By now you've heard that the Democrats folded like the proverbial cheap suit on the "showdown" over the next round of funding for George W. Bush's Excellent Iraq Adventure. There are justifications for this--the votes weren't there, this will prove to be a pyrrhic victory for the Republicans, and so on--but those change neither the public perception ("President Wins Showdown") or, much worse, the underlying reality that we're committed to further deepening the hole in Iraq.
What bothers me most is that the vote in some sense validates and perpetuates the tragedy of Iraq, which itself exemplifies everything that's gone hideously wrong with our "democracy," so-called: the erosion of checks and balances, the disappearance of a constructively critical press, the terrifying indifference to the suffering of other peoples, how quick we are to toss away our own supposedly central values.
I read this piece on the way home tonight; I wish I could dismiss it as overblown, wild-eyed lefty ravings, but the diagnosis on Iraq seems to me almost inarguable:
Without question, the administration's catastrophic war in Iraq is the single overarching issue that has convinced a large majority of Americans that the country is "heading in the wrong direction." But the war itself is the outcome of an imperial presidency and the abject failure of Congress to perform its Constitutional duty of oversight. Had the government been working as the authors of the Constitution intended, the war could not have occurred. ...
Instead of uncovering administration lies and manipulations, the media actively promoted them. Yet the first amendment to the Constitution protects the press precisely so it can penetrate the secrecy that is the bureaucrat's most powerful, self-protective weapon. As a result of this failure, democratic oversight of the government by an actively engaged citizenry did not— and could not— occur. The people of the United States became mere spectators as an array of ideological extremists, vested interests, and foreign operatives— including domestic neoconservatives, Ahmed Chalabi and his Iraqi exiles, the Israeli Lobby, the petroleum and automobile industries, warmongers and profiteers allied with the military-industrial complex, and the entrenched interests of the professional military establishment— essentially hijacked the government.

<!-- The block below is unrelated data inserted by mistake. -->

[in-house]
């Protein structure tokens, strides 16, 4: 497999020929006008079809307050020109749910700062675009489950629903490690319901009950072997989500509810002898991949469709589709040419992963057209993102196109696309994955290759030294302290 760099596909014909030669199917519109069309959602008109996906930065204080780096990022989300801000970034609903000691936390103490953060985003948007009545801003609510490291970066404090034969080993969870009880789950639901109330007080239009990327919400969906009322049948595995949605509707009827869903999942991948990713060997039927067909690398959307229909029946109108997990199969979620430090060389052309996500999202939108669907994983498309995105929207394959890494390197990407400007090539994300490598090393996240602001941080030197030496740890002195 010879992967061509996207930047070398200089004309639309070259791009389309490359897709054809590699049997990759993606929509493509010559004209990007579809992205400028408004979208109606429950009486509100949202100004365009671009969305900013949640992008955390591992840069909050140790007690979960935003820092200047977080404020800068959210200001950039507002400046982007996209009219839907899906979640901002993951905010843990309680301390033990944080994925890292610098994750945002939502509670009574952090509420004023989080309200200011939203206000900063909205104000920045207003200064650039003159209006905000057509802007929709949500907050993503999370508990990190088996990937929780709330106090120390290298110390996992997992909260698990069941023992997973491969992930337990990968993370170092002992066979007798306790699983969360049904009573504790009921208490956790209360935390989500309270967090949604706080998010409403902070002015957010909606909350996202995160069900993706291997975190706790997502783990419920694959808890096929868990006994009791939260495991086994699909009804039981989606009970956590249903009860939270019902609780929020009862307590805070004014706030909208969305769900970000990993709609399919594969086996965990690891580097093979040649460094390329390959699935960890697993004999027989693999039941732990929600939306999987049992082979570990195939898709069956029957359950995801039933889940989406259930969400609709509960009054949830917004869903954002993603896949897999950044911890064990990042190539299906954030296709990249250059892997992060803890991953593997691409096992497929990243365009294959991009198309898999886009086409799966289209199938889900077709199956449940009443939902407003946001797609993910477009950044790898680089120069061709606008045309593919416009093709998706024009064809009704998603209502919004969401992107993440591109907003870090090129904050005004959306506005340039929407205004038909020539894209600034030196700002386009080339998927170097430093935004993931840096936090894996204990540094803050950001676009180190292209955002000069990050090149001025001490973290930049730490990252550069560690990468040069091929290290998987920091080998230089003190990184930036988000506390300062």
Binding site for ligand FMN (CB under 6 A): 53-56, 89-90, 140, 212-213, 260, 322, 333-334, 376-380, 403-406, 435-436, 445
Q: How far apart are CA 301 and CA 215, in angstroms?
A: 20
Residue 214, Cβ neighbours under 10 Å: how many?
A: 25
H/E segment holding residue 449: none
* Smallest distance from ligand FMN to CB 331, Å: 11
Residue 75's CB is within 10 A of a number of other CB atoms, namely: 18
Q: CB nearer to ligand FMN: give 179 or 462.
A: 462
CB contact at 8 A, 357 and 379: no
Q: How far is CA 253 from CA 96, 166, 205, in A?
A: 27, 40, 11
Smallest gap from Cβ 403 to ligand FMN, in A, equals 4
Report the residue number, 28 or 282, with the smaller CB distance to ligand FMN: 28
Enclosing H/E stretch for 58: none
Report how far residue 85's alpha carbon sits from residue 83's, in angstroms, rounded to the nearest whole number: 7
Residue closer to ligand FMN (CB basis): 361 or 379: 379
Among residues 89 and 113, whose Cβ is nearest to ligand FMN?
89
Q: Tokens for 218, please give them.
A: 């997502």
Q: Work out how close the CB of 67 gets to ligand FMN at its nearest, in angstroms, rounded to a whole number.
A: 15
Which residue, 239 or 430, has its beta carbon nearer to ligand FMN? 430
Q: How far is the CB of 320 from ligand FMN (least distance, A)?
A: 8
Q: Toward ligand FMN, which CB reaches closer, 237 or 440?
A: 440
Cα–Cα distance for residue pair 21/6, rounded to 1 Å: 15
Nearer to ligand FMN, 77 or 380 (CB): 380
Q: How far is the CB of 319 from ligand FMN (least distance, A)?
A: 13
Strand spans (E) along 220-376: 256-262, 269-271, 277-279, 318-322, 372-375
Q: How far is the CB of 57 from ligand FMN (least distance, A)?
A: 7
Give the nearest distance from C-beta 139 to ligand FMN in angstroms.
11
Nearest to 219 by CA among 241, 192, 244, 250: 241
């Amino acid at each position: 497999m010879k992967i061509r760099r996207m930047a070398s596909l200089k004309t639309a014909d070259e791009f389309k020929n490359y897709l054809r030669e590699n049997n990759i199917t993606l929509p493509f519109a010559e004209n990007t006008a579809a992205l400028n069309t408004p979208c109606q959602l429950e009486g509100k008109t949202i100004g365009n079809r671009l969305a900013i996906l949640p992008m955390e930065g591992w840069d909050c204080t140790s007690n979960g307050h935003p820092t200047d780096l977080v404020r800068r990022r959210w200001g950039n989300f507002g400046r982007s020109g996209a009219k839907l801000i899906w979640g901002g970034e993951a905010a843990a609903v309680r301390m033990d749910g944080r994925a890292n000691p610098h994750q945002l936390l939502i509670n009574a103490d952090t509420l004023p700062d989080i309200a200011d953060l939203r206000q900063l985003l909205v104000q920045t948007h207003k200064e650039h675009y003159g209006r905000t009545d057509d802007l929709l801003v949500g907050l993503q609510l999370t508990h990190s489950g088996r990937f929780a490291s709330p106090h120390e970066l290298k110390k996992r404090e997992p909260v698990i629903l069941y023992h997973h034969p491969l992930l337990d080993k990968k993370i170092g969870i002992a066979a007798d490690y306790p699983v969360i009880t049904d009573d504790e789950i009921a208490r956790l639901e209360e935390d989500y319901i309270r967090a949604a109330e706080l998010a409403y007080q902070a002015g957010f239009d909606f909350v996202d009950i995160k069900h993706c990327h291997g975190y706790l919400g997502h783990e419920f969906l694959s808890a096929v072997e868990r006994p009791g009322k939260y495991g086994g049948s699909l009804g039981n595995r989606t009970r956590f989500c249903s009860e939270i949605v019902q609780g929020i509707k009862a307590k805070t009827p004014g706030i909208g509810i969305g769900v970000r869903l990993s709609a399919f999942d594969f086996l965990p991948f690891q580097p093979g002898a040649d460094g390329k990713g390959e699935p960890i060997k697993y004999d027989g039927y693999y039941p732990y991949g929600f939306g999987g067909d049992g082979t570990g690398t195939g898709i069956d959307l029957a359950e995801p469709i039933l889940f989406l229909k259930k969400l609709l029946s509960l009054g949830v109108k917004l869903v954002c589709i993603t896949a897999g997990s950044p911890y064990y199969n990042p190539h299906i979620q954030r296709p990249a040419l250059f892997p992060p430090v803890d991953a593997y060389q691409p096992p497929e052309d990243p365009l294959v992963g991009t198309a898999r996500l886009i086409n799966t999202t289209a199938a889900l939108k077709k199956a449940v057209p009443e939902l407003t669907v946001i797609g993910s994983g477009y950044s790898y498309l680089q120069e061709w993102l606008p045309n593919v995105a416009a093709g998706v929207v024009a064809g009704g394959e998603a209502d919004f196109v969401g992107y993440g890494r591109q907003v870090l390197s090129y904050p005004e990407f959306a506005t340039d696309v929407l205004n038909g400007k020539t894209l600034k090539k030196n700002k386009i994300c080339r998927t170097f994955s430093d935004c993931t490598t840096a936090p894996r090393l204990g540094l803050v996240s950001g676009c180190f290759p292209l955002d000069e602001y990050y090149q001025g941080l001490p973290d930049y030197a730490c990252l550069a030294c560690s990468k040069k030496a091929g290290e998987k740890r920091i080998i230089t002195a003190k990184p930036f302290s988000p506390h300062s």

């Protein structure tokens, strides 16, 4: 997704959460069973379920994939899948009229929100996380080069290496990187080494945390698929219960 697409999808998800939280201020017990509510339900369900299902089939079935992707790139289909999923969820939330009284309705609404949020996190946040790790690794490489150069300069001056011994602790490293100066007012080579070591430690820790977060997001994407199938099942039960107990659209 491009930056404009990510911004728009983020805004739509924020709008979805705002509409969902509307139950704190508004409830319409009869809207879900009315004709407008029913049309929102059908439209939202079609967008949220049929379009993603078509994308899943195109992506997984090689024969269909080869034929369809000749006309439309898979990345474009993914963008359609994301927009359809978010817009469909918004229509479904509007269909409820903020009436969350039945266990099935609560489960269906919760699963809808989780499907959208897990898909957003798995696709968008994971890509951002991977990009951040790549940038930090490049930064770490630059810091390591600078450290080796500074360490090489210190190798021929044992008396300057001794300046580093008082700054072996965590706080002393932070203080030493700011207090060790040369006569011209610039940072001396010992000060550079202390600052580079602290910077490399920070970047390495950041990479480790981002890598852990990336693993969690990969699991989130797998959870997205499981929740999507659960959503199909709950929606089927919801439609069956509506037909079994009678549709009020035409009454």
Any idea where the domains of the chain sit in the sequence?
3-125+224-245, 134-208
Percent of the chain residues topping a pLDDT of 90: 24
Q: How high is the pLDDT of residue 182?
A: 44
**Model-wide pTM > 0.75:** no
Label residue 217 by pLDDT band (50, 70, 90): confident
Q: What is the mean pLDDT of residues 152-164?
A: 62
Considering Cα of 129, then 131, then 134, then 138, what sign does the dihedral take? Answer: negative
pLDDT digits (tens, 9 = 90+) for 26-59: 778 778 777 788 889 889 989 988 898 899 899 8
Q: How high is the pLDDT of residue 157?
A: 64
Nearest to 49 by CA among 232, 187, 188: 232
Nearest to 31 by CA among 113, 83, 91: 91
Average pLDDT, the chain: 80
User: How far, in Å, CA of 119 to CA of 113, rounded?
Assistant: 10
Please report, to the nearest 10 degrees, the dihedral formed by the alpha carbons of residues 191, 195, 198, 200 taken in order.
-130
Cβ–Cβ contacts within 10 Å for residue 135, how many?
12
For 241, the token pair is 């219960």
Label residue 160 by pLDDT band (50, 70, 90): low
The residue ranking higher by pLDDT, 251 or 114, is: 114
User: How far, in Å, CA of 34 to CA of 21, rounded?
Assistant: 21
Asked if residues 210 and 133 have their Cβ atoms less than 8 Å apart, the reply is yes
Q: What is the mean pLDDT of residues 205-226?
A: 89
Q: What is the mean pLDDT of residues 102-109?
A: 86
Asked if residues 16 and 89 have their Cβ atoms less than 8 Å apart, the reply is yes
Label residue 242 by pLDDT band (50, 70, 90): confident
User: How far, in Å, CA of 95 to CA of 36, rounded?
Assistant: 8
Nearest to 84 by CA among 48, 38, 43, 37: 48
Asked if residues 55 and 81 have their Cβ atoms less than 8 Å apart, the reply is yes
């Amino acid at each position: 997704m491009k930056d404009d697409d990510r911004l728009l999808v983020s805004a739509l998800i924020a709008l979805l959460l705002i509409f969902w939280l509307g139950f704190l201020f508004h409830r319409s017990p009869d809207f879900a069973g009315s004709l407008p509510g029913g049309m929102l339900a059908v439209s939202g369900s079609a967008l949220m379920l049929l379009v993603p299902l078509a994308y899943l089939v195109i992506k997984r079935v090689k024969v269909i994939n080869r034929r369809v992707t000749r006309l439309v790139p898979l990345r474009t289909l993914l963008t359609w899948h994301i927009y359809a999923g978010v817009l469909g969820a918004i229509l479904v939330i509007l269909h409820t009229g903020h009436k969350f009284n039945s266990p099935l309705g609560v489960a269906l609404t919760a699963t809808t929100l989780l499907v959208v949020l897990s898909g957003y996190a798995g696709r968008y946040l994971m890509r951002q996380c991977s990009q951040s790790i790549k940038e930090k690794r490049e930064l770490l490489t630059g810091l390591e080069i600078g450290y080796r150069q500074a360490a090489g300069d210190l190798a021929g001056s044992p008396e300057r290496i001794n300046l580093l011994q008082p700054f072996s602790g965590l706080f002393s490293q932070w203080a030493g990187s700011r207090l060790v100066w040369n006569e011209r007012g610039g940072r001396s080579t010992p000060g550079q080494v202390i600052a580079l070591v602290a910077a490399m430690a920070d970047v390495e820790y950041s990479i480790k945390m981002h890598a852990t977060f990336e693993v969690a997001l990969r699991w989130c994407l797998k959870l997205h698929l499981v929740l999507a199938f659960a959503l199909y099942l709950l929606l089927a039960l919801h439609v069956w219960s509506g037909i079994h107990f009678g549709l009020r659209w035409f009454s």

Some respected professional journalists do not see these failings as the mere result of personal turpitude but rather as deep structural and cultural problems within the American system as it exists today. In an interview with Matt Taibbi , Seymour Hersh, for forty years one of America's leading investigative reporters, put the matter this way:
"All of the institutions we thought would protect us— particularly the press, but also the military, the bureaucracy, the Congress— they have failed… So all the things that we expect would normally carry us through didn't. The biggest failure, I would argue, is the press, because that's the most glaring…. What can be done to fix the situation? [long pause] You'd have to fire or execute ninety percent of the editors and executives."
Veteran analyst of the press (and former presidential press secretary), Bill Moyers, considering a classic moment of media failure, concluded : "The disgraceful press reaction to Colin Powell's presentation at the United Nations [on February 5, 2003] seems like something out of Monty Python, with one key British report cited by Powell being nothing more than a student's thesis, downloaded from the Web— with the student later threatening to charge U.S. officials with 'plagiarism.'"
As a result of such multiple failures (still ongoing), the executive branch easily misled the American public.
Iraq is a nightmare in every sense, from how we got there to how it’s unfolded and, worst of all, what it’s shown us about ourselves. When you’re stuck in a nightmare, all you want to do is wake up. The Democrats’ caving on the spending measure, tactically justifiable though it might be, is at bottom a guarantee that the nightmare will continue for at least a little longer.